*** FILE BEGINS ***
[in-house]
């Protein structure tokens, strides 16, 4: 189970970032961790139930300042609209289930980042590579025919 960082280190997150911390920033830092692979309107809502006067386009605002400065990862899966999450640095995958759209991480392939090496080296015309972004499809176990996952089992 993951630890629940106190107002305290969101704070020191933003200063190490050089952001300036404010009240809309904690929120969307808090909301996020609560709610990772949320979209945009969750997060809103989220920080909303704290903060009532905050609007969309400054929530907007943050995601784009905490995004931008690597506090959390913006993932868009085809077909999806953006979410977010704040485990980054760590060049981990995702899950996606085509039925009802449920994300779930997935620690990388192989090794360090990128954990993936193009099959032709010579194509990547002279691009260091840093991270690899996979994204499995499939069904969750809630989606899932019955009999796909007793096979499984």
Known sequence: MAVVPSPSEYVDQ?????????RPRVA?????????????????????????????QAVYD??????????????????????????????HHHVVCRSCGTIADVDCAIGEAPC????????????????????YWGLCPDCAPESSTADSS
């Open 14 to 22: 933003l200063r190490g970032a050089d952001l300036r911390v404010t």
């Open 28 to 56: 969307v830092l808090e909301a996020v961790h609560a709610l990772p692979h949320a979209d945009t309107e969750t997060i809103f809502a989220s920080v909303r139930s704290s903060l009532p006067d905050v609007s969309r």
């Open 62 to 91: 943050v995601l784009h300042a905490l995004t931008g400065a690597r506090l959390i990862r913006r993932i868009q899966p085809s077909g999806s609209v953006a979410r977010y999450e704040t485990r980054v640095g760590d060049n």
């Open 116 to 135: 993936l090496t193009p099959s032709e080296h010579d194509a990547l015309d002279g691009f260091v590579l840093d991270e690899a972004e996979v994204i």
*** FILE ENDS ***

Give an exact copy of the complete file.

[in-house]
């Protein structure tokens, strides 16, 4: 189970970032961790139930300042609209289930980042590579025919 960082280190997150911390920033830092692979309107809502006067386009605002400065990862899966999450640095995958759209991480392939090496080296015309972004499809176990996952089992 993951630890629940106190107002305290969101704070020191933003200063190490050089952001300036404010009240809309904690929120969307808090909301996020609560709610990772949320979209945009969750997060809103989220920080909303704290903060009532905050609007969309400054929530907007943050995601784009905490995004931008690597506090959390913006993932868009085809077909999806953006979410977010704040485990980054760590060049981990995702899950996606085509039925009802449920994300779930997935620690990388192989090794360090990128954990993936193009099959032709010579194509990547002279691009260091840093991270690899996979994204499995499939069904969750809630989606899932019955009999796909007793096979499984």
Known sequence: MAVVPSPSEYVDQ?????????RPRVA?????????????????????????????QAVYD??????????????????????????????HHHVVCRSCGTIADVDCAIGEAPC????????????????????YWGLCPDCAPESSTADSS
């Open 14 to 22: 933003l200063r190490g970032a050089d952001l300036r911390v404010t």
């Open 28 to 56: 969307v830092l808090e909301a996020v961790h609560a709610l990772p692979h949320a979209d945009t309107e969750t997060i809103f809502a989220s920080v909303r139930s704290s903060l009532p006067d905050v609007s969309r």
């Open 62 to 91: 943050v995601l784009h300042a905490l995004t931008g400065a690597r506090l959390i990862r913006r993932i868009q899966p085809s077909g999806s609209v953006a979410r977010y999450e704040t485990r980054v640095g760590d060049n």
């Open 116 to 135: 993936l090496t193009p099959s032709e080296h010579d194509a990547l015309d002279g691009f260091v590579l840093d991270e690899a972004e996979v994204i």